When the colonists first entered the system, their ship was placed into a low geo-stationary orbit around the star’s fourth planet, and their work began. It stopped being a ship, and became the crucible for their hopes and dreams. After all these years it may no longer be capable of interstellar flight, but it remained their home.
She thought of everything they’d managed to accomplish since their arrival. All the lives lost, the risks, the sacrifice, all of it so that when the next waves of humans arrived, they’d have a world to live on. Some part of her wondered if these newcomers would be worthy of it. From what she understood of human nature, she doubted that they would be.
The shuttle docked with the station, and the three of them disembarked, leaving Daric to complete his post flight checks. Their father took them aside and hugged them tightly. It was a long hug, and based on Justin’s fidgeting, not something he was entirely comfortable with.
“What was that for?” Kira said when he finally released them.
Her father smiled. “Does a father need a reason to hug his kids? I just wanted to show you I loved you.”
“Dad,” Justin pushed their father back a step. “We already know that.”
“You’re going to a council meeting, aren’t you?” He always got clingy before one of those. The nest of vipers he called them. Kira hadn’t ever really seen a viper, but she understood the reference well enough.
He nodded. “Now go home, both of you. We’ve been roughing it for a while so I’m sure you’ll enjoy being free of these damned suits. For a little while I’ll be there just as soon as I can.”
“Yes, father.” Kira sighed.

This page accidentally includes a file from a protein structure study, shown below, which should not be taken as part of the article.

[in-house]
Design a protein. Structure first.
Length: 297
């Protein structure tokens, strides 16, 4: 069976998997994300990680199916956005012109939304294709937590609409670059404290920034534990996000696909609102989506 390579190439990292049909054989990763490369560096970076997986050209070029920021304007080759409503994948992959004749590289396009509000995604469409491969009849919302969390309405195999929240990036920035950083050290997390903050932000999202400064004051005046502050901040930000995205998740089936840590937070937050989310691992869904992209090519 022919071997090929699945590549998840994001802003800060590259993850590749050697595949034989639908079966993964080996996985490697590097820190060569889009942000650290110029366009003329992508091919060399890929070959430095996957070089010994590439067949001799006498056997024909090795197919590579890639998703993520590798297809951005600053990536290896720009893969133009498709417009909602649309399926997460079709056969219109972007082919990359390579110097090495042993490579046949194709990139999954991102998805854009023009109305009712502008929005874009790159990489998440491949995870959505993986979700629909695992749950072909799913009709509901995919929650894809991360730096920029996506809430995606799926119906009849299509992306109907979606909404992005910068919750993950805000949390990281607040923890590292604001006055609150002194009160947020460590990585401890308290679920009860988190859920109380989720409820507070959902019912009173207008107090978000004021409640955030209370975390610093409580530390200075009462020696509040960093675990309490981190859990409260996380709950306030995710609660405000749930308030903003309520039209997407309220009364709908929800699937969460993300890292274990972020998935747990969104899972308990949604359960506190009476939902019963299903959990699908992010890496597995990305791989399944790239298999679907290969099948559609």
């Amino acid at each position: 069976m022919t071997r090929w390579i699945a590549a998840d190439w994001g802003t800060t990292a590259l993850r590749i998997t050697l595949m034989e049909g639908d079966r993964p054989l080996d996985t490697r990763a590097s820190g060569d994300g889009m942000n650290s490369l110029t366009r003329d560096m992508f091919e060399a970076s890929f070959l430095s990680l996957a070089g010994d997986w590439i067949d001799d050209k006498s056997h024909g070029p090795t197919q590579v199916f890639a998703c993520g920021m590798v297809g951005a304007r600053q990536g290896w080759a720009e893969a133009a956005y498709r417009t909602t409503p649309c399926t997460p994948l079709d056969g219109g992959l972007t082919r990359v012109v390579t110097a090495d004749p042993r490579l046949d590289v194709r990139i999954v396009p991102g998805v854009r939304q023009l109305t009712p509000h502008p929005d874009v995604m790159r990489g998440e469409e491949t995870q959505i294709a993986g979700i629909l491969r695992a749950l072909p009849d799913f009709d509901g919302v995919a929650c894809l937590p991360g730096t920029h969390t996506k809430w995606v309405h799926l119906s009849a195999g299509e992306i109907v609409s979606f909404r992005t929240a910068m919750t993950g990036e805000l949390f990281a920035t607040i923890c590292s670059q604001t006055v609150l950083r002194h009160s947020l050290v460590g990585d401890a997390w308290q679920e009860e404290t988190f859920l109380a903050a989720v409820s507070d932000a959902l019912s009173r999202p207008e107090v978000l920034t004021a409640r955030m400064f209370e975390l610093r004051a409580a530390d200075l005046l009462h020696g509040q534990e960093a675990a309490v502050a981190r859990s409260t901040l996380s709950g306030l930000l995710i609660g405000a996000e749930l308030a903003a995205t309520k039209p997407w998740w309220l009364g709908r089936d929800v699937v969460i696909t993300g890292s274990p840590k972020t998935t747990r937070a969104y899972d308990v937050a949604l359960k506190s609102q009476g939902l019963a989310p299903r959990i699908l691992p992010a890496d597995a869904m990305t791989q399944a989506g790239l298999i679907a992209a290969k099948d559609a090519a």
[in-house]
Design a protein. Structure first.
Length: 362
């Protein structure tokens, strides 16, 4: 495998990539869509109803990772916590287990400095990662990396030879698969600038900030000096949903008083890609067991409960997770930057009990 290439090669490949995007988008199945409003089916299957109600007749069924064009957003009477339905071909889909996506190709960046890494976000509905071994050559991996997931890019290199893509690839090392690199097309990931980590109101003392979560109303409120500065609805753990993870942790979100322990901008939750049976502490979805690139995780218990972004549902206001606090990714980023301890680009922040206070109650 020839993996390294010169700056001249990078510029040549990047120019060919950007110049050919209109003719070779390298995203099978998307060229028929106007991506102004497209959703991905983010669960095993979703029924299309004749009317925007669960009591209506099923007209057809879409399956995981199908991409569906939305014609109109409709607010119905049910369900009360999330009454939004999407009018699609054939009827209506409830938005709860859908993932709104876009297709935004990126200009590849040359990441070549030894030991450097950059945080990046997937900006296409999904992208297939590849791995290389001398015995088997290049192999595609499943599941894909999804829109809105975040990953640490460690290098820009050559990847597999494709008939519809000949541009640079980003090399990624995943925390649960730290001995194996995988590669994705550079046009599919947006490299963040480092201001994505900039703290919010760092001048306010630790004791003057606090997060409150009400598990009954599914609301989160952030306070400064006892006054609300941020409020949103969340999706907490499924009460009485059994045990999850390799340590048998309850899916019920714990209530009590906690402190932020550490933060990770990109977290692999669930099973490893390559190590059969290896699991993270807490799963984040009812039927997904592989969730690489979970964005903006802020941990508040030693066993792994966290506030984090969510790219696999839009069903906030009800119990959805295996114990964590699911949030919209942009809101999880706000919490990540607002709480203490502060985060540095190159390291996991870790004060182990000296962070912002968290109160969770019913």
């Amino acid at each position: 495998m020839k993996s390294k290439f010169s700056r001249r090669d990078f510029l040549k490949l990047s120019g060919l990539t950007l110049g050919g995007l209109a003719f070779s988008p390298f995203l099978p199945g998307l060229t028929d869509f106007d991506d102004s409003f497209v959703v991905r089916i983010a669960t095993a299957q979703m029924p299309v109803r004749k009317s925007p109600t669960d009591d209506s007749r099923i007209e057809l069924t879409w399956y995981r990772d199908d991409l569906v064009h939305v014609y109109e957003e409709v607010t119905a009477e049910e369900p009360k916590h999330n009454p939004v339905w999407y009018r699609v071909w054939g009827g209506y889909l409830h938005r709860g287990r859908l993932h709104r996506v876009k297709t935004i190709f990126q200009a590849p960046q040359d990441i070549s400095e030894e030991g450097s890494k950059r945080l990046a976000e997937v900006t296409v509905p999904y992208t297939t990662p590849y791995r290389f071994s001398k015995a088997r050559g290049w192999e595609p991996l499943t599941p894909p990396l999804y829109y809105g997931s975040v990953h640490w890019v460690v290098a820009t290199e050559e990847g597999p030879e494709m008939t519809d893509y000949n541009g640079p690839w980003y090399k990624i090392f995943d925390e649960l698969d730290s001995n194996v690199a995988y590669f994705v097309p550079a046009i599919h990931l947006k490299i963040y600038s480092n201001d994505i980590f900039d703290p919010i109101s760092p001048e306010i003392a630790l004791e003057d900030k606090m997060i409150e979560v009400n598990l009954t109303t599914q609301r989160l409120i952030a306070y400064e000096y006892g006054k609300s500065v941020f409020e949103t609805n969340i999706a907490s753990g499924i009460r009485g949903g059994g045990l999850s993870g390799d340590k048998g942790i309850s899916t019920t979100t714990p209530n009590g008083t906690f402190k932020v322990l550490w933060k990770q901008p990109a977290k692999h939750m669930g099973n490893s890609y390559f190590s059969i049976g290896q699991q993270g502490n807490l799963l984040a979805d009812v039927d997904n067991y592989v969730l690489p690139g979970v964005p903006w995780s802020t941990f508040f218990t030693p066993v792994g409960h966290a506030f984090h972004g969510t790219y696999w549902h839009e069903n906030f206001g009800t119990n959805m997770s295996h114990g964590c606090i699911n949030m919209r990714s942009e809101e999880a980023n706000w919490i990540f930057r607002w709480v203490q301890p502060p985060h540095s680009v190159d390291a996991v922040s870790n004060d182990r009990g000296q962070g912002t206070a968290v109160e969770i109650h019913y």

“Oh, and Kira.”
“I know, I know, keep an eye on Justin.” She turned and ushered her little brother into the station.
“I’ll see you in a little bit.” Her dad called out after them.
Kira rolled her eyes, and give her father a dismissive wave as she turned the corner. Walking through the corridors of the station made her feel uncomfortable. She imagined that the steel walls were closing in on her. It was always like this after coming back from the planet’s surface. Down there she felt like she could go anywhere, do anything, but up here, everything was so constrained, so… regimented.
Things had to be done according to a predefined schedule, and there was never any room for compromise. Of course she understood exactly why such routine was important; their very survival depended on it, but it always took some getting used to after being planet side for a few days.
See what I mean? Sub-orbital stations, space elevators, atv’s, shuttles and sleeper ships. I’d say this stuff practically writes itself, but it doesn’t! People like Mr. Zidar, Mrs. Muhammed-Ali, Mr. Joel, and myself do! Ah, I’m just kidding, we aint divas and we definitely don’t think our hips weight a tonne. Then again, if this book goes mainstream and makes us famous… all bets are off 😉
My apologies to all those expecting a post about zombies or post-apocalyptic stories. You see, my group and I are busy designing an entire world for our new anthology and we needed some mock-ups to help speed our imaginations to their goal. That’s been my obsession these last few days, that and visiting family. But alas, I have no idea how to post a PDF file to a Shaw Photo Share account, so I came here to do it instead. Behold… Our new Colony Ship!